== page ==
Author's Debut Novel Asks: Can Teens Unlearn Their Parents' Racism?

More than 100 years after Mark Twain published his great American novel, The Adventures of Huckleberry Finn, racism is still a central problem in America. Ironically, Twain's book, which is widely interpreted as an attack on the institution of slavery and on racism per se, has become the sixth most banned book in the country.

Now first-time novelist Matthew Olshan has brought Twain's crusade front and center with his debut literary effort, Finn: a novel, a modern retelling of Huckleberry Finn, with girls as protagonists rather than boys. A fascinating speaker, educated at Harvard, Johns Hopkins, and Oxford Universities, Olshan provokes a lively, up-to-the minute debate about racism in America—and its effect on our young people.

Olshan will address the controversial questions raised by his novel, including:

What is a racist book, and when should a book be banned?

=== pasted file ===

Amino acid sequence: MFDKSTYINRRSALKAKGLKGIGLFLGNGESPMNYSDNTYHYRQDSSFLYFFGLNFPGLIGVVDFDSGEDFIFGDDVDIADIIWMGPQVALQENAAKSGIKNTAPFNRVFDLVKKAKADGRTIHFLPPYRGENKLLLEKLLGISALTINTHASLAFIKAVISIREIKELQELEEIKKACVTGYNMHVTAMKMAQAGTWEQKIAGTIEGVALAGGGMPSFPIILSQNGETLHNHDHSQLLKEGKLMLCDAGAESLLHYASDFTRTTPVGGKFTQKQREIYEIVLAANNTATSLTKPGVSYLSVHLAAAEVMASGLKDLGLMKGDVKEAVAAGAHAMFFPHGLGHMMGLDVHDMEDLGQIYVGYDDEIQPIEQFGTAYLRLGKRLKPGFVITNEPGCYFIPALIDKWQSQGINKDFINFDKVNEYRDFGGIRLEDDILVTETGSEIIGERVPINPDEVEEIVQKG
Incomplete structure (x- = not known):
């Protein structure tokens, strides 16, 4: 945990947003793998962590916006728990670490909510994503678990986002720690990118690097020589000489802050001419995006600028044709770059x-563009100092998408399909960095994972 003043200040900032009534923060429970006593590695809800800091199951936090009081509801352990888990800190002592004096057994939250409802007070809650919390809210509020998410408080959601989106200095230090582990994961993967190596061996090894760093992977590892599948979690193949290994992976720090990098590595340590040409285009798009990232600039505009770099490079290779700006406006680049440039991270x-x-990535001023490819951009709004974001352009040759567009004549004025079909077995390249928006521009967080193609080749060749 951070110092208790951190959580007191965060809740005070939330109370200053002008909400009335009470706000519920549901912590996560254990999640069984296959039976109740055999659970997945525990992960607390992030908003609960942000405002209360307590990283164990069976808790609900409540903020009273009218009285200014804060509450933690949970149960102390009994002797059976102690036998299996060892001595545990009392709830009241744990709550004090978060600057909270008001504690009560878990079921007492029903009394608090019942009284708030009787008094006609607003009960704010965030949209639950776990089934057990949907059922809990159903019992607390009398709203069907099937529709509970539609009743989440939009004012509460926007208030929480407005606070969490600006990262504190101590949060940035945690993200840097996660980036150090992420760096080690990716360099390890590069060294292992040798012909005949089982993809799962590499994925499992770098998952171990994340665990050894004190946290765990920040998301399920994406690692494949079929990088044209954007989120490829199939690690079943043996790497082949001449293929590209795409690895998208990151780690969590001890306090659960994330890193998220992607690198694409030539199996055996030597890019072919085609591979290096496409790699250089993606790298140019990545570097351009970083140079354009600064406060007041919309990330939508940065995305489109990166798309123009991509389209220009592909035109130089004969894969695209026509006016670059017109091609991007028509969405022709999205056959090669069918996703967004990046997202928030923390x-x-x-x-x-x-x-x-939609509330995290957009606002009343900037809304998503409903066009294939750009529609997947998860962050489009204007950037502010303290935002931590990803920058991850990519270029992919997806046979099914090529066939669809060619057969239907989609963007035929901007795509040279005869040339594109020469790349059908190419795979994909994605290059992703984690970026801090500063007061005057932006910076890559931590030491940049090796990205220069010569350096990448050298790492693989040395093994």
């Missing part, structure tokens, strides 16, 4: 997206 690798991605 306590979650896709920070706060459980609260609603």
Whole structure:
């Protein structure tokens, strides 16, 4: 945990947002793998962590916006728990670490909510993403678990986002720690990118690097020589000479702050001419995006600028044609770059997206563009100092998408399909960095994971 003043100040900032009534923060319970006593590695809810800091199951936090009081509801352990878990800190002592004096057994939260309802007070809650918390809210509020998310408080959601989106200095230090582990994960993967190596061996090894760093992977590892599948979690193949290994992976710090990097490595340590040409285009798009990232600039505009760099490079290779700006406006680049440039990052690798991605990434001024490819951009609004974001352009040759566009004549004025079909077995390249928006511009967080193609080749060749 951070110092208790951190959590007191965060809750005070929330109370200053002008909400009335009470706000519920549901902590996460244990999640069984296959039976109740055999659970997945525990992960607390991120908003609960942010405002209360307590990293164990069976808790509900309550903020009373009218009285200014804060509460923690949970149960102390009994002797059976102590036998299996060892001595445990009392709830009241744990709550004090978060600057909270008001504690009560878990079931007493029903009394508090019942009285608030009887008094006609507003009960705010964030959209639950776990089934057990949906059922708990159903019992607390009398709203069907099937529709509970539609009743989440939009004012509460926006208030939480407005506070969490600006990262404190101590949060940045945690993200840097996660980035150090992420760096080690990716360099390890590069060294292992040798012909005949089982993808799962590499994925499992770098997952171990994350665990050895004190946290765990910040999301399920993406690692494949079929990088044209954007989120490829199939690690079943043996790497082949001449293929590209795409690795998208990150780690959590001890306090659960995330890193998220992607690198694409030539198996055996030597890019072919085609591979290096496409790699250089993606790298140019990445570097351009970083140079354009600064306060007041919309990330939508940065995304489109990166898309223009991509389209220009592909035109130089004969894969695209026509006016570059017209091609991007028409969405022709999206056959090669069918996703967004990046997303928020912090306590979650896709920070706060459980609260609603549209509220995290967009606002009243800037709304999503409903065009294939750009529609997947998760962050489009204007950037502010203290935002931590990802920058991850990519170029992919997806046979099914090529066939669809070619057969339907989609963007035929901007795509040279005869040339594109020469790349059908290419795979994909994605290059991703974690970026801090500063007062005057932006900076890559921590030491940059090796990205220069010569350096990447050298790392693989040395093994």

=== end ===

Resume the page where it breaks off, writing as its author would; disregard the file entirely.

What are some of the parallels between Twain's America and the America of 2001?

What has replaced the Mississippi River as the dividing line between "civilization" and "wilderness" in the minds of Americans?

If not slavery, then what is today's greatest social evil? What will future generations single out for criticism in our society?

What is it like to engage a literary mind like Mark Twain's?

AVAILABILITY: Maryland and Washington, DC, nationwide by arrangement, and via telephone, available as a last minute guest. For more information and a press kit, contact: Ms. Alex Bulkley, 410-358-0658 (410-764-1967 (fax)).